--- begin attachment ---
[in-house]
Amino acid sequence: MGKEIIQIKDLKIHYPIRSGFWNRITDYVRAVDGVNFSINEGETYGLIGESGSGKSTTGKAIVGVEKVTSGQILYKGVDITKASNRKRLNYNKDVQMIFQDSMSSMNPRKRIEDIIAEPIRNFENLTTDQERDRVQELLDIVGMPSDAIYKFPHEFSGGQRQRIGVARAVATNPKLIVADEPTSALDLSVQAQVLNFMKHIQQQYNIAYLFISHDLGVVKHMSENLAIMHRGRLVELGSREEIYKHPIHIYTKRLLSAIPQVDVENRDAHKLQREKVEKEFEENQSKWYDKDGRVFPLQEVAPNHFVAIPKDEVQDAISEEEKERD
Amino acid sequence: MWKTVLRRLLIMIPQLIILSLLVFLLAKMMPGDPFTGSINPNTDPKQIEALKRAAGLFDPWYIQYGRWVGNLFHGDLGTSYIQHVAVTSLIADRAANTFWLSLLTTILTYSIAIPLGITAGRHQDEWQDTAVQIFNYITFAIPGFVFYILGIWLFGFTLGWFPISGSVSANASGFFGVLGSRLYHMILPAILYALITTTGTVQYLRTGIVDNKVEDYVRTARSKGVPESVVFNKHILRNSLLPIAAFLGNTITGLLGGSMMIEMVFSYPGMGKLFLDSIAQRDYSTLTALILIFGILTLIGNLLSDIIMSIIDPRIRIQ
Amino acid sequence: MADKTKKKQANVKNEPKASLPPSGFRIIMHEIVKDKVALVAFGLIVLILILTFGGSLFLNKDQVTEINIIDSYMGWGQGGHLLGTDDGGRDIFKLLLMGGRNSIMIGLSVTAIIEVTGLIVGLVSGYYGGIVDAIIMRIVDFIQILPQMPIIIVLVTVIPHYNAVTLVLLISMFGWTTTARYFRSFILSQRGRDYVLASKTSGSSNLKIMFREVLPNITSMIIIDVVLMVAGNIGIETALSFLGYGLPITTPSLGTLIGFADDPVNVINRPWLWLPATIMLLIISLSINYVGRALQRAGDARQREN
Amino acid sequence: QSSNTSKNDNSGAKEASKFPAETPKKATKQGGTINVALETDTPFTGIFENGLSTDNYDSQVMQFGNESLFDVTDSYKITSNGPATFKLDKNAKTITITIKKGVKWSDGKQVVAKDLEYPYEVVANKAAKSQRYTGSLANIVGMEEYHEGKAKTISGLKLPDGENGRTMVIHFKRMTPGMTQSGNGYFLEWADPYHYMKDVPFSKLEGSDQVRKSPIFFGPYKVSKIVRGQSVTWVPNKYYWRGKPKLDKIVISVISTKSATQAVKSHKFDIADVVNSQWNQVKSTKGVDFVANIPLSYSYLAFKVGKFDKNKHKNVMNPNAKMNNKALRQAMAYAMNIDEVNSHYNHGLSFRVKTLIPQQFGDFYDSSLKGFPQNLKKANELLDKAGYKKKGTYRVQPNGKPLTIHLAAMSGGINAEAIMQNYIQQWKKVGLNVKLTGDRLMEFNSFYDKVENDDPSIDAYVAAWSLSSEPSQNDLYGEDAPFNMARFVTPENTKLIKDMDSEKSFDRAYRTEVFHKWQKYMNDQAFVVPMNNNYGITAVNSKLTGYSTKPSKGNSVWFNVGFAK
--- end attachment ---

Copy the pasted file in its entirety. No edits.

[in-house]
Amino acid sequence: MGKEIIQIKDLKIHYPIRSGFWNRITDYVRAVDGVNFSINEGETYGLIGESGSGKSTTGKAIVGVEKVTSGQILYKGVDITKASNRKRLNYNKDVQMIFQDSMSSMNPRKRIEDIIAEPIRNFENLTTDQERDRVQELLDIVGMPSDAIYKFPHEFSGGQRQRIGVARAVATNPKLIVADEPTSALDLSVQAQVLNFMKHIQQQYNIAYLFISHDLGVVKHMSENLAIMHRGRLVELGSREEIYKHPIHIYTKRLLSAIPQVDVENRDAHKLQREKVEKEFEENQSKWYDKDGRVFPLQEVAPNHFVAIPKDEVQDAISEEEKERD
Amino acid sequence: MWKTVLRRLLIMIPQLIILSLLVFLLAKMMPGDPFTGSINPNTDPKQIEALKRAAGLFDPWYIQYGRWVGNLFHGDLGTSYIQHVAVTSLIADRAANTFWLSLLTTILTYSIAIPLGITAGRHQDEWQDTAVQIFNYITFAIPGFVFYILGIWLFGFTLGWFPISGSVSANASGFFGVLGSRLYHMILPAILYALITTTGTVQYLRTGIVDNKVEDYVRTARSKGVPESVVFNKHILRNSLLPIAAFLGNTITGLLGGSMMIEMVFSYPGMGKLFLDSIAQRDYSTLTALILIFGILTLIGNLLSDIIMSIIDPRIRIQ
Amino acid sequence: MADKTKKKQANVKNEPKASLPPSGFRIIMHEIVKDKVALVAFGLIVLILILTFGGSLFLNKDQVTEINIIDSYMGWGQGGHLLGTDDGGRDIFKLLLMGGRNSIMIGLSVTAIIEVTGLIVGLVSGYYGGIVDAIIMRIVDFIQILPQMPIIIVLVTVIPHYNAVTLVLLISMFGWTTTARYFRSFILSQRGRDYVLASKTSGSSNLKIMFREVLPNITSMIIIDVVLMVAGNIGIETALSFLGYGLPITTPSLGTLIGFADDPVNVINRPWLWLPATIMLLIISLSINYVGRALQRAGDARQREN
Amino acid sequence: QSSNTSKNDNSGAKEASKFPAETPKKATKQGGTINVALETDTPFTGIFENGLSTDNYDSQVMQFGNESLFDVTDSYKITSNGPATFKLDKNAKTITITIKKGVKWSDGKQVVAKDLEYPYEVVANKAAKSQRYTGSLANIVGMEEYHEGKAKTISGLKLPDGENGRTMVIHFKRMTPGMTQSGNGYFLEWADPYHYMKDVPFSKLEGSDQVRKSPIFFGPYKVSKIVRGQSVTWVPNKYYWRGKPKLDKIVISVISTKSATQAVKSHKFDIADVVNSQWNQVKSTKGVDFVANIPLSYSYLAFKVGKFDKNKHKNVMNPNAKMNNKALRQAMAYAMNIDEVNSHYNHGLSFRVKTLIPQQFGDFYDSSLKGFPQNLKKANELLDKAGYKKKGTYRVQPNGKPLTIHLAAMSGGINAEAIMQNYIQQWKKVGLNVKLTGDRLMEFNSFYDKVENDDPSIDAYVAAWSLSSEPSQNDLYGEDAPFNMARFVTPENTKLIKDMDSEKSFDRAYRTEVFHKWQKYMNDQAFVVPMNNNYGITAVNSKLTGYSTKPSKGNSVWFNVGFAK